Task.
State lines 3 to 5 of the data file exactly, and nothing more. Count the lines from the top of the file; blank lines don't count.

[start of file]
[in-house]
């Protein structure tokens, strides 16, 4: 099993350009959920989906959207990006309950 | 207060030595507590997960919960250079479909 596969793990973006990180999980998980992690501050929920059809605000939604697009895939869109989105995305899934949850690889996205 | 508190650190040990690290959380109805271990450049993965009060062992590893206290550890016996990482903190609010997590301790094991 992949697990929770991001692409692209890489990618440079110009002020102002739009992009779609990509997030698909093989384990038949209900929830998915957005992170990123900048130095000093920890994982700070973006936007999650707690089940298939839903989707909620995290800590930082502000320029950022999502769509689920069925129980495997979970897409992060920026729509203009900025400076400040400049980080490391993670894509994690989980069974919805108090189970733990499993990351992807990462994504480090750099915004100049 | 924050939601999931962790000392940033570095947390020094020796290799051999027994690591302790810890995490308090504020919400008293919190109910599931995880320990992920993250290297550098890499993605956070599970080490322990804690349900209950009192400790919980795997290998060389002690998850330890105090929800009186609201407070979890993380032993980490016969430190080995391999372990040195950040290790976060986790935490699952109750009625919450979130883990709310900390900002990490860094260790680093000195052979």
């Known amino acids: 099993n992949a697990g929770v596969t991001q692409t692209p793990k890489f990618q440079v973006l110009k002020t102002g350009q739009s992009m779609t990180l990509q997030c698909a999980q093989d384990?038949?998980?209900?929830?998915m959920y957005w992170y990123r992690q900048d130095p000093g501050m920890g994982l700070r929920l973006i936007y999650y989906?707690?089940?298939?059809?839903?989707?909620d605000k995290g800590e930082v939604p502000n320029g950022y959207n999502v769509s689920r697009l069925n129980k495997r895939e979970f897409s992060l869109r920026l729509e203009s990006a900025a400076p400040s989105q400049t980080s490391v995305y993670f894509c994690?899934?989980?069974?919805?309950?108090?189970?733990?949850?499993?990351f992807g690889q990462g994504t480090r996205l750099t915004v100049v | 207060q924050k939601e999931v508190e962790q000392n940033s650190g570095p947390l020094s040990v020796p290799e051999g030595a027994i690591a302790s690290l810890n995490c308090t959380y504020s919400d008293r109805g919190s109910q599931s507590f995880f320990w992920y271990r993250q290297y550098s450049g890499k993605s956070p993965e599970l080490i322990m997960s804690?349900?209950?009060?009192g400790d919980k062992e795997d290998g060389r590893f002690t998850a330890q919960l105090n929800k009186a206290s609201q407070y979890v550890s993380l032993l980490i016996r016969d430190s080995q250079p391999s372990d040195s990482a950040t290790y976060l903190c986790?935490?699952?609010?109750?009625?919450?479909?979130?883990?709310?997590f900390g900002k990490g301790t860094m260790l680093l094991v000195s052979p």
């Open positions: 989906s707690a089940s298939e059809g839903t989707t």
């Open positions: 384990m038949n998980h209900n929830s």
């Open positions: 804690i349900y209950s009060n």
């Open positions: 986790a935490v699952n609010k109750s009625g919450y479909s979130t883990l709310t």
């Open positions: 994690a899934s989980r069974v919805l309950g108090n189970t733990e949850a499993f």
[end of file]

């Known amino acids: 099993n992949a697990g929770v596969t991001q692409t692209p793990k890489f990618q440079v973006l110009k002020t102002g350009q739009s992009m779609t990180l990509q997030c698909a999980q093989d384990?038949?998980?209900?929830?998915m959920y957005w992170y990123r992690q900048d130095p000093g501050m920890g994982l700070r929920l973006i936007y999650y989906?707690?089940?298939?059809?839903?989707?909620d605000k995290g800590e930082v939604p502000n320029g950022y959207n999502v769509s689920r697009l069925n129980k495997r895939e979970f897409s992060l869109r920026l729509e203009s990006a900025a400076p400040s989105q400049t980080s490391v995305y993670f894509c994690?899934?989980?069974?919805?309950?108090?189970?733990?949850?499993?990351f992807g690889q990462g994504t480090r996205l750099t915004v100049v | 207060q924050k939601e999931v508190e962790q000392n940033s650190g570095p947390l020094s040990v020796p290799e051999g030595a027994i690591a302790s690290l810890n995490c308090t959380y504020s919400d008293r109805g919190s109910q599931s507590f995880f320990w992920y271990r993250q290297y550098s450049g890499k993605s956070p993965e599970l080490i322990m997960s804690?349900?209950?009060?009192g400790d919980k062992e795997d290998g060389r590893f002690t998850a330890q919960l105090n929800k009186a206290s609201q407070y979890v550890s993380l032993l980490i016996r016969d430190s080995q250079p391999s372990d040195s990482a950040t290790y976060l903190c986790?935490?699952?609010?109750?009625?919450?479909?979130?883990?709310?997590f900390g900002k990490g301790t860094m260790l680093l094991v000195s052979p």
């Open positions: 989906s707690a089940s298939e059809g839903t989707t």
């Open positions: 384990m038949n998980h209900n929830s």